Today’s POP RESCUE from an uncertain fate, is the 1991 third album Body To Body by Technotronic. Will this album Work well, or should you Move That Body quickly to switch it off? Read on…
This 11 track CD opens with lead single Move That Body, which instantly throws you into some familiar sounds of earlier hits. There’s quite a strong vocal feel of Neneh Cherry from vocalist Reggie (Réjane Magloire), and she even gives a lyrical nod to Cherry’s Buffalo Stance too. Reggie does a phenomenal job rapping with some wonderful command. A thick bass synth floods the backing, along with occasional lighter synths over a dance beat. There’s a momentary descending synth-string line that reminds me briefly of Yazz’s Stand Up For Your Love Rights. ‘Push your butt in, stick your butt out‘ – Reggie raps and with all this moving, it’s making me sweat just listening to her. The album is off to an energetic start, even if it’s not quite as catchy as earlier hits.
Next up is second and final single Work, and this track is another fairly light dance track. Vocally it reminds me again a bit of Neneh Cherry but with bonus Betty Boo vibes, with some thrown in ‘Ooh-ooh‘ hands up in the air vocals. Again, we’re reminded to ‘stick your butt out and get ready‘ and ‘shake your money-maker‘ and I begin to feel like I’m on track two of an unintentional Zumba session. The track meanders along somewhat though, not really finding a route, and doesn’t really develop as the track moves along. The track stalled at #40 in the UK singles chart.
That’s followed by Release Yourself, and this seems to lead us closer to dance-pop, with Reggie ditching the rap. There’s some nice funky wah-wah from electric guitars in the chorus, as the track races along. Musically, the track feels quite fast but minimal.
Cold Chillin’ is next, and a wonderfully swaggering bass sits alongside a drum kit and then Riv takes the mic to rap about how he’s cruising around in his car looking for girls. Reggie literally takes a back seat on the vocals here, as Riv leads and even does some mouth-trumpet. There are strong echoes of Tone Lōc’s Funky Cold Medina in this track, but it isn’t as catchy, and I struggle to imagine why it’s here.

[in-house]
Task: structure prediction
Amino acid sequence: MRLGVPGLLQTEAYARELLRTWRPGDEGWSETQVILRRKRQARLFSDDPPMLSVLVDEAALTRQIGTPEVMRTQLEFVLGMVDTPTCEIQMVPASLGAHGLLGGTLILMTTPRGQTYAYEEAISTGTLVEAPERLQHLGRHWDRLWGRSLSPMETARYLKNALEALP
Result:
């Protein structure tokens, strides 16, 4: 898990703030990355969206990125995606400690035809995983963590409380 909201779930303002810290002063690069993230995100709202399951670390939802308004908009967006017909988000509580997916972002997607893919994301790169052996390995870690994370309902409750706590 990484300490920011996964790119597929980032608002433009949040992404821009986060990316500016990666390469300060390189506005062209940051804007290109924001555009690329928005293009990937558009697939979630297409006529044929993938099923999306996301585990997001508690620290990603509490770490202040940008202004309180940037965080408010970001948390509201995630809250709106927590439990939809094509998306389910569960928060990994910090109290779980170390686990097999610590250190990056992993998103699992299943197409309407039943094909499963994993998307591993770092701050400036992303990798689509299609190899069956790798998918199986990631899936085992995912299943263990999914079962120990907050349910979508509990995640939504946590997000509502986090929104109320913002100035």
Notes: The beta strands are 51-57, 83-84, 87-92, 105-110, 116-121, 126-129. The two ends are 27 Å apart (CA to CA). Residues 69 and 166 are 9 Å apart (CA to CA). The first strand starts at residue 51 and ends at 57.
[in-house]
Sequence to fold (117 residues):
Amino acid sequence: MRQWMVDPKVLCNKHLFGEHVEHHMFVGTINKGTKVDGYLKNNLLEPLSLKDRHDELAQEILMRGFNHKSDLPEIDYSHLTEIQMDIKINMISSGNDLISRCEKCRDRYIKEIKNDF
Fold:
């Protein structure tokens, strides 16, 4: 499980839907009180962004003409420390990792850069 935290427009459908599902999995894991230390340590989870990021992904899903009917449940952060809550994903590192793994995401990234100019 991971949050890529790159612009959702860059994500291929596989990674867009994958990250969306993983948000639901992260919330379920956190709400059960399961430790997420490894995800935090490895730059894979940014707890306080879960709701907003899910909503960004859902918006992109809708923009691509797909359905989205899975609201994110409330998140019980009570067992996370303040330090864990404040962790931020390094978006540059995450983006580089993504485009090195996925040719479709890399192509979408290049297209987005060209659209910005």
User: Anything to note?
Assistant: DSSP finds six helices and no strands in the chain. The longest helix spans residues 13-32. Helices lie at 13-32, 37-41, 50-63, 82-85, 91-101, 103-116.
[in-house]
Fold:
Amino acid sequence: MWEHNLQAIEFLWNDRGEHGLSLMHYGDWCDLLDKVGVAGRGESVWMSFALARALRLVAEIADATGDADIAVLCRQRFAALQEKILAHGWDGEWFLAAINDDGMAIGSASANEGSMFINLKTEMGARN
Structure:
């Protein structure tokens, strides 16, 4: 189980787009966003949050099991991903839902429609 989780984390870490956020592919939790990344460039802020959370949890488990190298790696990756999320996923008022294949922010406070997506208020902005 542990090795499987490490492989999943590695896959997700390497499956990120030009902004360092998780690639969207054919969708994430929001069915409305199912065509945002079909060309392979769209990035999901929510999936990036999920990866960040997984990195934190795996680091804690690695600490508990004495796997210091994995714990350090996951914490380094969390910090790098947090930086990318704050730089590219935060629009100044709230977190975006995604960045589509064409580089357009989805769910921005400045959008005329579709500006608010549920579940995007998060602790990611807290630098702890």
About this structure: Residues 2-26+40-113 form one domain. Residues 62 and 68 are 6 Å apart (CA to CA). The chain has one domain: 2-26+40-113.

Following that is Voices, which is as it says – voices. These are all mish-mash of sampled voices over a 90’s eurodance track that probably made a younger 2 Unlimited drool with excitement, but it sounds quite dated and doesn’t really bring much to the table.
Money Makes The World Go Round follows that, and thankfully Reggie is back on the microphone, delivering some more Neneh/Betty vibes. There’s some nice vocal harmonies here in the verse and the chorus – lifting for the chorus to make it feel somewhat catchy. I could imagine this track as the album’s third single, and it did get a release, but it failed to chart in the UK.
Then it’s Gimmie The One, and this gives us more Reggie on the mic, and the track is quite a catchy little track. This allows her to both sing and rap too over a nice bright synth-brass section and fast hi-hat dance beat. Whilst not as strong as some of the other tracks here, it’s on the higher side.
Yeh-Yeah is next, and as with Voices, this track is instrumental except for some random sampled voices and dance beats. Perhaps this felt radical and exciting in 1991, but now it’s more yeah-yeah whatever.
Titular track Body To Body follows this and Riv is back on the mic. Some record scratching, and very fast beats provides a great foundation for him to rap from. He works here, when he’s rapping at speed, rather than talking sleazy from his car. The track really belts out, and I’m left thinking that this is another natural natural bridge from Technotronic to 2 Unlimited.
Get It Started is weirdly the penultimate track rather than the first, but reassuringly, there’s some very strong Pump Up The Jam vibes here thanks to a bouncy synth. Again, we’re instructed by Reggie to get our butt moving. The track flows effortlessly, with some synths flittering in and out over this simple catchy track. Reggie’s vocals work a treat here, and it’s just enough Technotronic of old, to make the connection.
The album closes with Bogaert’s Breakfast, with the Bogaert in question being one of the producers. It’s another instrumental track, but this one actually has a nice beat, and a sort of robotic synth line that’s quite catchy. It pumps some energy within it, and evolves quite nicely.
Over all, this album is a mixed back and somewhat meandering. This doesn’t help with a group that saw such huge success with the singles from their first album, and a support act role on Madonna’s Blonde Ambition tour.
There are some strong points here, namely Move That Body, Money Makes The World Go Round, and Get It Started, but they don’t capture the same energy, style, and catchiness of the group’s previous hits. The vocal-less tracks Voices and Yeh-Yeah, and Cold Chillin’ are the low points, and really shouldn’t have made the cut.
With Reggie on the mic, we’re treated to a warm and nice vocal sound whether she’s singing or rapping, but sadly, whilst her vocal skills are strong, her songwriter skills lack a little, and deny us of some fully-fledged or catchy songs resulting in a Technotronic follow-up album lacking in the hit quota. Riv’s rapping work, but his sleazy Tone Loc pastiche does not.
With some extra songwriter skills, and more Reggie vocals, it would have stopped it being mostly just Boring To Boring.
- POP RESCUE 2022 RATING: 3 / 5
- 1991 UK ALBUM CHART PEAK: #27
- POP RESCUE COST: £2.27 from an eBay seller.